Attitude, Not Aptitude, Leads to Altitude

By George Foster, CBC
Chief Executive Officer at Foster Marketing

For those who know me, that’s one of my favorite quotes from one of my favorite Zig Ziglar audio tapes, Winner’s Attitude (that shows how long I’ve had it). You can’t get it in CD and a cassette on Amazon can go for anywhere from $20 to $90. Yikes!

Ziglar, one of the best motivational speakers (and thinkers) of all time, passed away in 2012, but his legacy lives on in his courses and digital contributions.

There are many great stories on the cassette which, to their dismay, I made my kids listen to in the car, or what Zig calls Automobile University. One of my favorite anecdotes is Zig’s “Railroad Story” which has been repeated many times and you can find on the Internet.

The Railroad Story

In the 1950s, a crew of railroad workers were repairing track on a sweltering summer afternoon. A train came chugging down the track and pulled off on a side rail. From one of the cars – a special car for the president of the railroad – a window flew open and a voice shouted out, “Dave! Dave Anderson, is that you?”

It was; and, in fact, Dave Anderson was in charge of the work crew. “Yeah, Jim, it’s me,” he shouted back. The man on the train, Jim Murphy, yelled out, “Well, come on over here and let’s chat a while.”

So, Dave Anderson stopped what he’d been doing and joined Jim Murphy in his private air-conditioned railroad car for almost an hour, no doubt happy to get out of the broiling sun. When the conversation ended, he made his way back to his crew working on the track. The flabbergasted crew stared at him in utter shock and said something to the effect of, “That was Jim Murphy, the president of the railroad.”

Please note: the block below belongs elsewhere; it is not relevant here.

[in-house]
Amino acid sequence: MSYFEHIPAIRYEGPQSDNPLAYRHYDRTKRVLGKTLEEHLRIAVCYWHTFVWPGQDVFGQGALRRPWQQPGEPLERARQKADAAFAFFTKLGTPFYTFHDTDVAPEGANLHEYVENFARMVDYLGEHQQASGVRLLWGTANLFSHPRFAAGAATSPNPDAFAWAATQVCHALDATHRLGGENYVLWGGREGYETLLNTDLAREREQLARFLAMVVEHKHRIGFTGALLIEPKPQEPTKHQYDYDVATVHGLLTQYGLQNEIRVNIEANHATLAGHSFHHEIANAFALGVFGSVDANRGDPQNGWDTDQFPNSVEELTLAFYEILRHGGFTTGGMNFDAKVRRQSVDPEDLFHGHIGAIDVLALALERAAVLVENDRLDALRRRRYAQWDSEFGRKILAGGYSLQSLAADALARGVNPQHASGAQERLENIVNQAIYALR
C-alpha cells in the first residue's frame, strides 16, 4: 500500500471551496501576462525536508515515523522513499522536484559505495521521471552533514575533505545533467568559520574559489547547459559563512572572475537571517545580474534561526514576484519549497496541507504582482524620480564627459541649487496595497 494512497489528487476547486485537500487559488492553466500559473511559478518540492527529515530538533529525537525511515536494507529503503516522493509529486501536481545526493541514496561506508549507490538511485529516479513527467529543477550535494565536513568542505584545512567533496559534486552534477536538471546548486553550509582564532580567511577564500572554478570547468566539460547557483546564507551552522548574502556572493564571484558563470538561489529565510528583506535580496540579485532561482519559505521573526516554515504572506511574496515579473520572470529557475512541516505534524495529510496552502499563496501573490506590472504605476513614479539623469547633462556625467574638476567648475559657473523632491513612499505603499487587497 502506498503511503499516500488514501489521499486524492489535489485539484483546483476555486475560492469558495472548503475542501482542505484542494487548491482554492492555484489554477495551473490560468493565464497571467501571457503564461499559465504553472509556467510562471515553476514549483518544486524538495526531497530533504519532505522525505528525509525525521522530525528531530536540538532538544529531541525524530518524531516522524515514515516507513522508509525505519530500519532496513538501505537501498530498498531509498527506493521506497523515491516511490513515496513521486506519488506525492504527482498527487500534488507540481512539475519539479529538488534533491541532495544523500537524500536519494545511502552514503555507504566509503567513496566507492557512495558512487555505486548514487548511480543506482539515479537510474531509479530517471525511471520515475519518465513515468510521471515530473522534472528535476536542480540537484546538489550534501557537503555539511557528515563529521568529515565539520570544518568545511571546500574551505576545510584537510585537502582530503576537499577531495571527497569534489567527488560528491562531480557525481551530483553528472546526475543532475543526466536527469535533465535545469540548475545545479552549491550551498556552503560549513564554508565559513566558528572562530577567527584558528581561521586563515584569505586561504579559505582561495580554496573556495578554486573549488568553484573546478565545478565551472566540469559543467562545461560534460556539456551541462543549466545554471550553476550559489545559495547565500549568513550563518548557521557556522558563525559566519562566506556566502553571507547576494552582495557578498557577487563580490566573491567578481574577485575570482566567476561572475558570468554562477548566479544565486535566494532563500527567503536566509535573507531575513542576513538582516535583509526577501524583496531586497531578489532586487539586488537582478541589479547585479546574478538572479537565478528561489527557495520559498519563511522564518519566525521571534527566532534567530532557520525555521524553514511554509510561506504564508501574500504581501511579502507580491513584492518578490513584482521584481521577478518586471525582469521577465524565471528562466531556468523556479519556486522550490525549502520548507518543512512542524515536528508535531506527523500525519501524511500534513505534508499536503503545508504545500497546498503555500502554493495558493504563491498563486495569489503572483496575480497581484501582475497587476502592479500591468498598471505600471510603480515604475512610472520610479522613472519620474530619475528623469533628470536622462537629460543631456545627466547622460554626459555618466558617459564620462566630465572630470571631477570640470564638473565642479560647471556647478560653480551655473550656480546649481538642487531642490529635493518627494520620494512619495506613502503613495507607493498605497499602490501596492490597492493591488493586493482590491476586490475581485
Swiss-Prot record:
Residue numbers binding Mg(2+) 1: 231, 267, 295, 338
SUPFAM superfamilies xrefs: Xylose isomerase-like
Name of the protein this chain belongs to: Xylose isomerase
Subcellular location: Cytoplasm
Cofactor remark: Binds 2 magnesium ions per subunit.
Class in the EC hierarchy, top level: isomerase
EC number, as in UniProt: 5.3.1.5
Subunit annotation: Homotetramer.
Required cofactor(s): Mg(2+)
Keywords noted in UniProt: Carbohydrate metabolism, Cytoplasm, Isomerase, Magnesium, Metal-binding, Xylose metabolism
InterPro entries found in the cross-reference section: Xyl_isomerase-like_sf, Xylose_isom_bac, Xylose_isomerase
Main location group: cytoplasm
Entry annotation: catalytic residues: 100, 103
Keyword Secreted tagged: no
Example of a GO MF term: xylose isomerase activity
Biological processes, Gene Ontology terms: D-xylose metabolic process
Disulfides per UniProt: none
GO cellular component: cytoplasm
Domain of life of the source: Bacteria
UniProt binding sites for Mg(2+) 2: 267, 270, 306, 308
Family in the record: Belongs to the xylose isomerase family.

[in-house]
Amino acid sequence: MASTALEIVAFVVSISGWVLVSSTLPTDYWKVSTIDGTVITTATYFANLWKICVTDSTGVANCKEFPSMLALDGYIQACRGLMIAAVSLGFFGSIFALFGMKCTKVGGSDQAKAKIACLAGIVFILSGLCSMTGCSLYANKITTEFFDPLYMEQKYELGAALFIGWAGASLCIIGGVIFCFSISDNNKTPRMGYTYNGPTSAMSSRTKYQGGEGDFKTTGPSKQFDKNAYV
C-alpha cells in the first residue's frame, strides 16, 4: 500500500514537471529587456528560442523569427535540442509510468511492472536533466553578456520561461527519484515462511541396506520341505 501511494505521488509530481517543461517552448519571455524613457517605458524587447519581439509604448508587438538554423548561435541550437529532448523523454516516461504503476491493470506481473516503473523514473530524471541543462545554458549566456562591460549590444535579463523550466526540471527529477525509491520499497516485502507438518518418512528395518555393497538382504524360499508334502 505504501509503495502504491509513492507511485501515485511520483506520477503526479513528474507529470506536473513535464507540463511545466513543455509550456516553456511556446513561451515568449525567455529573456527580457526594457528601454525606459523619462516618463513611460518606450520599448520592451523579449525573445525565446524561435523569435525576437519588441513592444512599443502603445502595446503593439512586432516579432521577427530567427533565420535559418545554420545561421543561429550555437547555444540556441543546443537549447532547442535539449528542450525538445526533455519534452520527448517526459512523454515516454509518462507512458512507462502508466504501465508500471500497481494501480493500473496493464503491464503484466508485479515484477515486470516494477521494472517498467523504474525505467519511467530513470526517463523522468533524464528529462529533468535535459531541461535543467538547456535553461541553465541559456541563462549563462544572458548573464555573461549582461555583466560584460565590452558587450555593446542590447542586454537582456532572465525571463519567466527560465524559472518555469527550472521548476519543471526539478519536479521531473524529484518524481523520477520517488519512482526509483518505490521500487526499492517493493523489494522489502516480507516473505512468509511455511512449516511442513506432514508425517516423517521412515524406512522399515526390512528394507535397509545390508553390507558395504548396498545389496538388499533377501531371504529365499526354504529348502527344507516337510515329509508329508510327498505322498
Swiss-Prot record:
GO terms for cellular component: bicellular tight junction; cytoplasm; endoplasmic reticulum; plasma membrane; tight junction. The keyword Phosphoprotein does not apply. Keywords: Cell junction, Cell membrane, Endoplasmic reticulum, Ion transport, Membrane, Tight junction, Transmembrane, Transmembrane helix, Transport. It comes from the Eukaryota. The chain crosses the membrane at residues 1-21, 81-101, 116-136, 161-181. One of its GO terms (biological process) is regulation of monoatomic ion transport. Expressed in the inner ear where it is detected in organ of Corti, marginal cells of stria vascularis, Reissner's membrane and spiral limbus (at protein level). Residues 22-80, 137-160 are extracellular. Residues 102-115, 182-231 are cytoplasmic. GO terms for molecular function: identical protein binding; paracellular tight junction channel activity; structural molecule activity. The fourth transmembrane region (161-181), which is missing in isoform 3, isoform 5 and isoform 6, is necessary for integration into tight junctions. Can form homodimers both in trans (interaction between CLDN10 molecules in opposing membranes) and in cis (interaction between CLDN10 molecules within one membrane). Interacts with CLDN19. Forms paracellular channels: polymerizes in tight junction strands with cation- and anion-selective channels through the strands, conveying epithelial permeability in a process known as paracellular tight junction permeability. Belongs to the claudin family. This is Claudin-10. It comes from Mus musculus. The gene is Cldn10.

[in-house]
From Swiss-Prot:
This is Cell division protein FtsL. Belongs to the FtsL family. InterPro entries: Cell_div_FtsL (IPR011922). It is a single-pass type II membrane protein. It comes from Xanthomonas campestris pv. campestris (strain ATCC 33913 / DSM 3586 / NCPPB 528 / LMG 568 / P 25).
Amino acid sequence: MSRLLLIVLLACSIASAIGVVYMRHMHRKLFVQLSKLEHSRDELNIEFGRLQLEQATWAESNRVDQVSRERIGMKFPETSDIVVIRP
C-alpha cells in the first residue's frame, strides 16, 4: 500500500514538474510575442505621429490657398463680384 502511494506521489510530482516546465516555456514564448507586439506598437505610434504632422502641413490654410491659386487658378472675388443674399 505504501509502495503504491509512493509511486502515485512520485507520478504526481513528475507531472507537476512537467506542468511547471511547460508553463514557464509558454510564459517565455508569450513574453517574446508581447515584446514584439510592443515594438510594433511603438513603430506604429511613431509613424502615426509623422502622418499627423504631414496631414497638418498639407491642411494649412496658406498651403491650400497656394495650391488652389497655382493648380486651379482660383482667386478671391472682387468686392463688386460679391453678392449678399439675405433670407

“Yup, it sure was,” Anderson said.

They all gathered around and excitedly wanted to know how Dave knew Jim Murphy, the president of the railroad, to say nothing about how he got to be such good buddies with the man and on a first-name basis to boot!

Dave explained: “Well, it’s quite simple — when I started with the railroad over 20 years ago, Jim Murphy started at the same time; we’ve been pals ever since.”

Now the crew was even more astonished as much as they were confused. They wanted to know how it is that Dave and Jim Murphy started working for the railroad at the same time and Murphy rose to such dizzying heights while old Dave is still working on the track in the hot sun. How in God’s name did that happen?

Dave looked wistfully up into the sky and said, “A little over 20 years ago Jim Murphy went to work for the railroad; I went to work for a $1.75 an hour.”

What about you? What are you working for? Are you working for a pay check or a career? What are your goals? Are they ordinary or are they extraordinary? Better yet, are they outrageously extraordinary? I like this quote from an unknown source: “If you don’t have a dream that is so outrageous that you couldn’t possibly succeed unless God Himself puts in a personal appearance, you’re not alive.”

Everyone Needs a Jollytologist

My favorite answer when people ask how I’m doing is that, “if I were any better I’d be in Heaven.” You’d be amazed at the reaction that gets. That’s taking a good attitude to a new level.

Allen Klein, a self-proclaimed “Jollytologist,” has made his life’s work a mission to help people lighten up and get more happiness and joy in their life. Klein is a firm believer in the power of words – that positive words can lift our spirits while negative words can bring us down.

He says if you don’t believe that, just say the following words out loud and see how you feel after you’ve recited them: angry, upset, miserable, sad, tearful, despondent, discouraged, depressed.